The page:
Collaboratory on Mathematics for Mesoscopic Modeling of Materials (CM4)
The Collaboratory on Mathematics for Mesoscopic Modeling of Materials (CM4) focuses on developing rigorous mathematical foundations for understanding and controlling fundamental mechanisms in mesoscale processes to enable scalable synthesis of complex materials, through the design of efficient modeling methods and corresponding scalable algorithms.
Specific areas of focus include:
- Developing particle-based, grid-based and stochastic methods
- Concurrent coupling between these methods
- Applying rigorous theoretical approaches to derive new governing equations for coarse graining
- Developing general algorithmic frameworks that involve optimization algorithms on multilayer overlapped domains with heterogeneous discretizations to facilitate disparate spatio-temporal scales.
- Investigating the numerical stiffness induced by multiscale phenomena
- Exploring new fast solution techniques that are effective at the exascale level
- Integrating these mathematical and computational tools for applications relevant to scalable synthesis of materials
Principal Investigator: Professor George Karniadakis, PNNL / Brown University.
- Michael L. Parks, Sandia National Laboratories
- Professor Martin R. Maxey, Brown University
- Professor Panos Stinis, University of Minnesota
- Professor Eric Darve, Stanford University
- Professor Weinan E, Princeton University
- Professor Paul J. Atzberger, University of California - Santa Barbara
- Professor Jinchao Xu, Penn State University
Research team members
- PNNL: Nathan Baker, Jaehun Chun, Guang Lin, Chris Mundy, Kenny Roche, Wenxiao Pan, Bruce Palmer, Greg Schenter, TP Straatsma, Alex Tartakovsky, Jay Xu
- SNL: Pavel Bochev, Jonathan Hu, Christopher Siefert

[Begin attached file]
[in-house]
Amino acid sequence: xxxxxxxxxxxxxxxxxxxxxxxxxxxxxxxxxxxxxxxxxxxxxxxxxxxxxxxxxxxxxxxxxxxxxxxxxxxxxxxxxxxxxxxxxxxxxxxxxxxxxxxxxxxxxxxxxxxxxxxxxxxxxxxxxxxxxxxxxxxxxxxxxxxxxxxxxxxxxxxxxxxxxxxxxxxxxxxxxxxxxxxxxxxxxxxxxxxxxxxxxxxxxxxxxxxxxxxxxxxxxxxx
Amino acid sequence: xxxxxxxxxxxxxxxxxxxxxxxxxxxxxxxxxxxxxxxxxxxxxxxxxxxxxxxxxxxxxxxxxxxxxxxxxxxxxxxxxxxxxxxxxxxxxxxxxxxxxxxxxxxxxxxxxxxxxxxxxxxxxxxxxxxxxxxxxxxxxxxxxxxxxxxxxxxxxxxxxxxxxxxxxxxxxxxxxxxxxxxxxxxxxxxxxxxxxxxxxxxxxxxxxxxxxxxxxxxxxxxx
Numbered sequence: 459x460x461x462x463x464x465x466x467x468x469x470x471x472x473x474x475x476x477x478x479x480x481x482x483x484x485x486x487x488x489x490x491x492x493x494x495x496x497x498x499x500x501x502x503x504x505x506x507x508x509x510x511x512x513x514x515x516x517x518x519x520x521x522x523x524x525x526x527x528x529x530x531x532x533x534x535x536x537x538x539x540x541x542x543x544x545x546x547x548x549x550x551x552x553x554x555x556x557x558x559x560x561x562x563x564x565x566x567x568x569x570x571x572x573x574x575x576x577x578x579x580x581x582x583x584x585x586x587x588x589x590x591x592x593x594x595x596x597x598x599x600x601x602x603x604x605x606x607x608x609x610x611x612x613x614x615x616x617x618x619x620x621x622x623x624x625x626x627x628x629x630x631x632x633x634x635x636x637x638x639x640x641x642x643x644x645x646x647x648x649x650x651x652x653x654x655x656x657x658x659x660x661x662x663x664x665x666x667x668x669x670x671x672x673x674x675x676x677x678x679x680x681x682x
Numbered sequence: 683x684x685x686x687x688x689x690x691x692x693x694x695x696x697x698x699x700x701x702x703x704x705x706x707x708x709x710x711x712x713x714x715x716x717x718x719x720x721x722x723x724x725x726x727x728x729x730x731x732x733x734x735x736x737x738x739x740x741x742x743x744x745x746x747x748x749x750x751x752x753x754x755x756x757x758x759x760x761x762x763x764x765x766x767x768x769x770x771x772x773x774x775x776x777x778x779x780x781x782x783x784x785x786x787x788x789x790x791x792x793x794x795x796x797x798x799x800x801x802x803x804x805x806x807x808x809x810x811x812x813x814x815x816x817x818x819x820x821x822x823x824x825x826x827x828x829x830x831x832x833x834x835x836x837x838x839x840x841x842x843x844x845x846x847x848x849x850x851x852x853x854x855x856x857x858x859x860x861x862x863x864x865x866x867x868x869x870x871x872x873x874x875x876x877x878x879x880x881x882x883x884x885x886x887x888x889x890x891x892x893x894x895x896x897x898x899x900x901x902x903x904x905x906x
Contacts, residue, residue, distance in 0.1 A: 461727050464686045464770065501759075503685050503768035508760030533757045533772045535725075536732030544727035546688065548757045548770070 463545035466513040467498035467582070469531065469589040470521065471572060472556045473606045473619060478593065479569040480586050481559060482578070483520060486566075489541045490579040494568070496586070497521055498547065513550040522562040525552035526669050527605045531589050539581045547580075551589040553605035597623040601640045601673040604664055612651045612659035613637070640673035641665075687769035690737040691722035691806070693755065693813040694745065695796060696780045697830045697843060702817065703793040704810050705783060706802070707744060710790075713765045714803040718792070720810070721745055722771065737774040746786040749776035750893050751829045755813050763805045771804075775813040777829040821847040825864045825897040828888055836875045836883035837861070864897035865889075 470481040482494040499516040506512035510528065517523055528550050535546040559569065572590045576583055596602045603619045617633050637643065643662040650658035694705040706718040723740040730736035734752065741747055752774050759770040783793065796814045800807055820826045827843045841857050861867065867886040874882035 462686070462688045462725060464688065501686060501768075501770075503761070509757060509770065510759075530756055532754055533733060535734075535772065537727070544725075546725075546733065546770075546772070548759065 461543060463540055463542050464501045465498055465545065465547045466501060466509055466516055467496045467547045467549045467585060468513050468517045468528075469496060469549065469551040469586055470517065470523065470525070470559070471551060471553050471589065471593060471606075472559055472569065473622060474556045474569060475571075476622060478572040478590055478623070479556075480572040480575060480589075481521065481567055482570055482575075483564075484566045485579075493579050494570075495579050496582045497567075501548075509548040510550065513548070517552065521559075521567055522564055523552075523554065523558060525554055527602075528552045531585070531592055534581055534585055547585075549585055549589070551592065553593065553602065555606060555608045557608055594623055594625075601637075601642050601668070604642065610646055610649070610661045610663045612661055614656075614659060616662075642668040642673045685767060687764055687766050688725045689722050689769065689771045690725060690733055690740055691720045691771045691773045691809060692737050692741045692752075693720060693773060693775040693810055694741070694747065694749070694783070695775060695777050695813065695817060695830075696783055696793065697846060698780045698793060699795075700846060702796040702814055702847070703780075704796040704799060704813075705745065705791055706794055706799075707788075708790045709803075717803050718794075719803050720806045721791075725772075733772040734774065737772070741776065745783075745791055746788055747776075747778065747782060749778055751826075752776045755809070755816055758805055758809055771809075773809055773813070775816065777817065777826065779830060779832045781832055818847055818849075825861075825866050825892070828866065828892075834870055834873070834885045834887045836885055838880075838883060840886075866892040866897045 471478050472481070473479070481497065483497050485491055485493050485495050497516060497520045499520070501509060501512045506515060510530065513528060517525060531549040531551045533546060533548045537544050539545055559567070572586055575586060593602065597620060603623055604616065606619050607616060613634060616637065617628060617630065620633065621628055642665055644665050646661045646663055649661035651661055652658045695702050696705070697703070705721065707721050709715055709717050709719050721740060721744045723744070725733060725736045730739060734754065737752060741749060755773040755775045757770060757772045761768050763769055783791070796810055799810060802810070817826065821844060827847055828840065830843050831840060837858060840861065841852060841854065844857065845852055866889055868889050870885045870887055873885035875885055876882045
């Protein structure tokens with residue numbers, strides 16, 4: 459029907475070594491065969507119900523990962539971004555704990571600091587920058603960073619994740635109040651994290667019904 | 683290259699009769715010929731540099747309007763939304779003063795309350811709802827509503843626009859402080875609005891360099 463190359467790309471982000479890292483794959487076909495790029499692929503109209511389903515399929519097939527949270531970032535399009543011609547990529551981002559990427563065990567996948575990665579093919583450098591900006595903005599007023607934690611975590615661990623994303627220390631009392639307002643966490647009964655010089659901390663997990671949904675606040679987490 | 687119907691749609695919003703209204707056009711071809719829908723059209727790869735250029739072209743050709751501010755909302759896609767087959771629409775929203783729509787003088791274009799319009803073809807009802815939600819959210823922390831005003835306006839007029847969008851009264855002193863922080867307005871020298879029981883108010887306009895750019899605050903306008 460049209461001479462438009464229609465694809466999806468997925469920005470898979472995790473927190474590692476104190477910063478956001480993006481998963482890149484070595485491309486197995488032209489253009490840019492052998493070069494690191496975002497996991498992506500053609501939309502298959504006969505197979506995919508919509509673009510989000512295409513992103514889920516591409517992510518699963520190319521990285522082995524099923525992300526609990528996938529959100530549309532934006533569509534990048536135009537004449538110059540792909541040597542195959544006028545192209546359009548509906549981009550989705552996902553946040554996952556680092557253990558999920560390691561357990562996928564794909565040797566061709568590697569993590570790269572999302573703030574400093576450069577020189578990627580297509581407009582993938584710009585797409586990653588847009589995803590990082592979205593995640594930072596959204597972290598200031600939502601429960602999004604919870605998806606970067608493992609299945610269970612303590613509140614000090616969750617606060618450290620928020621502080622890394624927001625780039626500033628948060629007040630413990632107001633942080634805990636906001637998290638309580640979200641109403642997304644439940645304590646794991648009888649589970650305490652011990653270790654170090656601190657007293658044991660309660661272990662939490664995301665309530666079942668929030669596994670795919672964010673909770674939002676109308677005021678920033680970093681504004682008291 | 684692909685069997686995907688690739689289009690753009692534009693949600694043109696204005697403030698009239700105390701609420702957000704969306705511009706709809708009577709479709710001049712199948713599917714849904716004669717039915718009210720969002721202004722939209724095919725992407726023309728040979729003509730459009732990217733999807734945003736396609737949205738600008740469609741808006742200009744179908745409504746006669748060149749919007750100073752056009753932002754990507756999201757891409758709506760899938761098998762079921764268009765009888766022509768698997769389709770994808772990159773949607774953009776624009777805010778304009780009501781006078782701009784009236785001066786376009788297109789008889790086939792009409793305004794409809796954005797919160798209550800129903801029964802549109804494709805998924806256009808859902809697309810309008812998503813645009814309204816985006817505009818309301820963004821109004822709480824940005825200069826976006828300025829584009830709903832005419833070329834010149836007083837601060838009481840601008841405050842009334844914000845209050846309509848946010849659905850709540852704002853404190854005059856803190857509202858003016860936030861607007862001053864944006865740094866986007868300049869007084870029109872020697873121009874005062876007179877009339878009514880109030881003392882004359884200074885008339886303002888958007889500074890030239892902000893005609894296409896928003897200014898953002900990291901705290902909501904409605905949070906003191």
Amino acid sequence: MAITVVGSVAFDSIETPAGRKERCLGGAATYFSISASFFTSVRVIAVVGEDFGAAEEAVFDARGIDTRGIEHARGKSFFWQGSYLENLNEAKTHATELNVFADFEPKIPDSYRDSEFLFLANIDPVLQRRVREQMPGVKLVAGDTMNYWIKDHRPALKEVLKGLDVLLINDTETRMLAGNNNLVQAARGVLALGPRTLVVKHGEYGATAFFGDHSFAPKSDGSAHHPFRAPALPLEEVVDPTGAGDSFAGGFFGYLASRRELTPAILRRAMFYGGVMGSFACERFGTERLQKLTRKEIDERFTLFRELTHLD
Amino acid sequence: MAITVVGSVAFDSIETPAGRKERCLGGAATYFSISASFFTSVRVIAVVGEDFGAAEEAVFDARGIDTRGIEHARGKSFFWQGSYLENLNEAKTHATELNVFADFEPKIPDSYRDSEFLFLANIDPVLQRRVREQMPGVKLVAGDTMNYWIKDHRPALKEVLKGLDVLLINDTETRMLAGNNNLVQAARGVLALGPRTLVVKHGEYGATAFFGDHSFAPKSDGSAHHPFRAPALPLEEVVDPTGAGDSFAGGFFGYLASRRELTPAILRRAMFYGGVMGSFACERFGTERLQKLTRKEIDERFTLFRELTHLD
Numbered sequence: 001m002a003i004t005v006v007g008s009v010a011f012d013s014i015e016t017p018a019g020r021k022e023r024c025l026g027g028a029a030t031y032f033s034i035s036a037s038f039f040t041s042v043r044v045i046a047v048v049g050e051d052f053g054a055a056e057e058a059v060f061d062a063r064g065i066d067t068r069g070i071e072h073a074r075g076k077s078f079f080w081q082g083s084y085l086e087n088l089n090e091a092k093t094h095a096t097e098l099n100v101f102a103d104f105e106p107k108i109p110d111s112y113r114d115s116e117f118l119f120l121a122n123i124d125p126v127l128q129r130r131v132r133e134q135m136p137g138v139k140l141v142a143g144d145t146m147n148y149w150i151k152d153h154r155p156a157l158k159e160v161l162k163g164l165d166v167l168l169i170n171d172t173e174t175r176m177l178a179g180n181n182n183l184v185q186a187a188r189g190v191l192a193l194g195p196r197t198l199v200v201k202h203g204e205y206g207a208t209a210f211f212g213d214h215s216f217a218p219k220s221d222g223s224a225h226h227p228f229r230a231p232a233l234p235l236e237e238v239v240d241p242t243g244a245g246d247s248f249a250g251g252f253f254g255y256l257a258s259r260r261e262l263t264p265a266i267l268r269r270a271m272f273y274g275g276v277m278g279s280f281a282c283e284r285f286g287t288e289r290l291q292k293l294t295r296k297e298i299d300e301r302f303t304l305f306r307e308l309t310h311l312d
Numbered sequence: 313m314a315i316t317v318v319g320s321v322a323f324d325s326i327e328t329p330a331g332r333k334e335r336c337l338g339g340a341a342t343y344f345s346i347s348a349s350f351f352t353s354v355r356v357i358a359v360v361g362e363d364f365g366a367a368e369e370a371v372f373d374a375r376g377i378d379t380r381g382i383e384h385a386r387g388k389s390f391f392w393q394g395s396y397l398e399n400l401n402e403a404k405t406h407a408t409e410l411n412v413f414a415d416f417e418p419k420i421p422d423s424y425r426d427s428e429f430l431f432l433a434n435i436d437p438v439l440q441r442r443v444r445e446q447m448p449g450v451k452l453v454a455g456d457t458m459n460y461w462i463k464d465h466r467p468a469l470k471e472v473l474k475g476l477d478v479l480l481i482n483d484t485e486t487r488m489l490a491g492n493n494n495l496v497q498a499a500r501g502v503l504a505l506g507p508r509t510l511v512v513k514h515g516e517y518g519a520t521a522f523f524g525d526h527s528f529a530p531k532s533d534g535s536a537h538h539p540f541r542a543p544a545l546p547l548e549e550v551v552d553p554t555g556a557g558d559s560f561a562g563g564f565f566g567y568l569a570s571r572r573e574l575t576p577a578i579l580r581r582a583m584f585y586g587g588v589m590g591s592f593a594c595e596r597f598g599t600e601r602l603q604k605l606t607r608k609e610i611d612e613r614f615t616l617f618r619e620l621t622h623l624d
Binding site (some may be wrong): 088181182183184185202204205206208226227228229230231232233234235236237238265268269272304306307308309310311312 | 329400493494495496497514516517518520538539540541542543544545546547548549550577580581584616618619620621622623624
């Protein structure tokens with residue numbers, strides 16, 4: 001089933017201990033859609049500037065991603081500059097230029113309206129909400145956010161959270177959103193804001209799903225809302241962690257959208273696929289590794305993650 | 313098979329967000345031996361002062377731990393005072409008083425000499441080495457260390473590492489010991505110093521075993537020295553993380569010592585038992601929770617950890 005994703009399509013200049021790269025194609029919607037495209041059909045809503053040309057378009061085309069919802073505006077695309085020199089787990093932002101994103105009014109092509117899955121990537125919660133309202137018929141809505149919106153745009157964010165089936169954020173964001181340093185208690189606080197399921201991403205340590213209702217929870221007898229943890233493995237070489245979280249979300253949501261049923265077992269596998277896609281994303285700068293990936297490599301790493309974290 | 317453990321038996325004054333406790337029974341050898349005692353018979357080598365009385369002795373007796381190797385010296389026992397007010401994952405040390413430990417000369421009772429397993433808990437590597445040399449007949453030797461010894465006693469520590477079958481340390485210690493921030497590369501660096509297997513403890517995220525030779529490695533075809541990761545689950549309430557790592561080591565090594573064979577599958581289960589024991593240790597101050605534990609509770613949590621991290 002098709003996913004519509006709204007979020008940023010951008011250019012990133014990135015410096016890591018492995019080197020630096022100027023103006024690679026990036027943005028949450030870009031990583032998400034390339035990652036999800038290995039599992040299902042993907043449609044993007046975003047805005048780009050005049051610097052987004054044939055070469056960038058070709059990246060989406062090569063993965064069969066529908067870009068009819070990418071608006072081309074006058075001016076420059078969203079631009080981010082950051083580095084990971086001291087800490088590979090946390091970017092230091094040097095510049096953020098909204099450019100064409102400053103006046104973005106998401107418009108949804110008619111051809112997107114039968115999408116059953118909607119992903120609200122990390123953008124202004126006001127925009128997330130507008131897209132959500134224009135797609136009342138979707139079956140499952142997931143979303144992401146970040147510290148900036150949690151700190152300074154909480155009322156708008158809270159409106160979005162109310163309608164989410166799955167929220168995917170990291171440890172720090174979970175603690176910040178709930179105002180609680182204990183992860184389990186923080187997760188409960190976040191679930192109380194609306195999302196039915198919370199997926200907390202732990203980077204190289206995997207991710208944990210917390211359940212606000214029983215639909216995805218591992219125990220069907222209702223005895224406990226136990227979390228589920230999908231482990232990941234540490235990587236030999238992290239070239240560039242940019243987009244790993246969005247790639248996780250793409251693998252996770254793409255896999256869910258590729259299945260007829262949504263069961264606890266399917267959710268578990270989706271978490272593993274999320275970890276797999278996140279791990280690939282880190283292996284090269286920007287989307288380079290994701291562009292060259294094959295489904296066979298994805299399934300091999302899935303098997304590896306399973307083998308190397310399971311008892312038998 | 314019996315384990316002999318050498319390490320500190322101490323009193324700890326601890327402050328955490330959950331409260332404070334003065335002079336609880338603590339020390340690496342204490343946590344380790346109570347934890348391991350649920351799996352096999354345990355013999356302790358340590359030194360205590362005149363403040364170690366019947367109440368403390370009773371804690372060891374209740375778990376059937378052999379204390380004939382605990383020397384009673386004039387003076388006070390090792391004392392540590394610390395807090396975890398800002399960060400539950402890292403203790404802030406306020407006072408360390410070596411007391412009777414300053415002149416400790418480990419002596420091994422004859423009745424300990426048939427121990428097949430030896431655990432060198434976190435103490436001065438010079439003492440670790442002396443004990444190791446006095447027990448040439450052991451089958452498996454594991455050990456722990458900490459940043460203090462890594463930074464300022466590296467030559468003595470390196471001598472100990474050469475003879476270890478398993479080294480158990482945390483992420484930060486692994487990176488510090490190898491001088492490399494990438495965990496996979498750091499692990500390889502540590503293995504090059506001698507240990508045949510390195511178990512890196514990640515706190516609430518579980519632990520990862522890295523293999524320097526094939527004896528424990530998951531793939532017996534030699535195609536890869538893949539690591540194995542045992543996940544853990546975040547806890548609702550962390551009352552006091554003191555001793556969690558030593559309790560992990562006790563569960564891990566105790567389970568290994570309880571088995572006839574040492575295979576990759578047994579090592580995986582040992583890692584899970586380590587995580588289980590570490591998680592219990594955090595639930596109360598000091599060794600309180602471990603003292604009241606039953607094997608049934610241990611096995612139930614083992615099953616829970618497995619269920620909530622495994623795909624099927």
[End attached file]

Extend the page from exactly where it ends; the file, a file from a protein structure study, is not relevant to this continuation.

- Brown: Professor Bruce Caswell
- Penn State: Xiaozhe Hu
- Coarse Graining - Mori-Zwanzig (task lead Panos Stinis) focuses on making the MZ formalism computationally manageable to open new avenues of application for coarse-graining methods.
- Particle-Based Methods (task lead George Karniadakis) focuses on extending the spectrum of Lagrangian DPD-SDPD-SPH methods for modeling and making connections to the MZ formalism.
- Grid-Based Methods (task lead Martin R. Maxey) focuses on develop grid-based high-order methods that are efficient for multi-phase dynamics and scale well at the system level while also capturing dominant fluctuations at mesoscale.
- Stochastic Methods (task lead Guang Lin) focuses on developing methods to quantify the uncertainty in Hamiltonian systems, and calibrate the model parameters using data obtained from experimental measurements or from simulations of systems at a higher resolution.
- Concurrent Coupling (task lead Michael L. Parks) focuses on developing concurrent multi-model coupling methods to address the challenge of bridging the spatial and temporal regimes that are individually described by distinct mathematical models and computational models.
- Fast Solvers (task lead Jinchao Xu) focuses on developing new physics-based Schur complements and preconditions for multiscale dynamics within the algebraic multigrid.
- Scalable Algorithms and Applications (task lead TP Straatsma) focuses on developing scalable method implementations within a software infrastructure that facilitates coupling with existing scalable simulation codes to allow method validation and verification based on simulations of real problems.
George Karniadakis is the co-organizer for the first-ever U.S. workshop on Fractional Partial Differential Equations. The conference will be held in June in Newport, Rhode Island and will focus on sharing international advances in the methodology and applications of FPDEs as well as on introducing young U.S. postdocs in simulation science to these emerging computational methods. More information
PAST WORKSHOPSThe kick-off meeting for the Modeling Mesoscale Processes of Scalable Synthesis Project was held in Seattle, WA on September 10-11, 2012. The focus of this meeting was to produce a defined research plan, a technical roadmap, and a path forward in an effort to collectively produce a document for the client that will include milestones and metrics of success.
Coryann Newsom (509) 371-7812
SUPPORTThis work is supported by the Applied Mathematics Program within the Department of Energy (DOE) Office of Advanced Scientific Computing Research (ASCR) as part of the Collaboratory on Mathematics for Mesoscopic Modeling of Materials (CM4). DOE Program Manager: Sandy Landsberg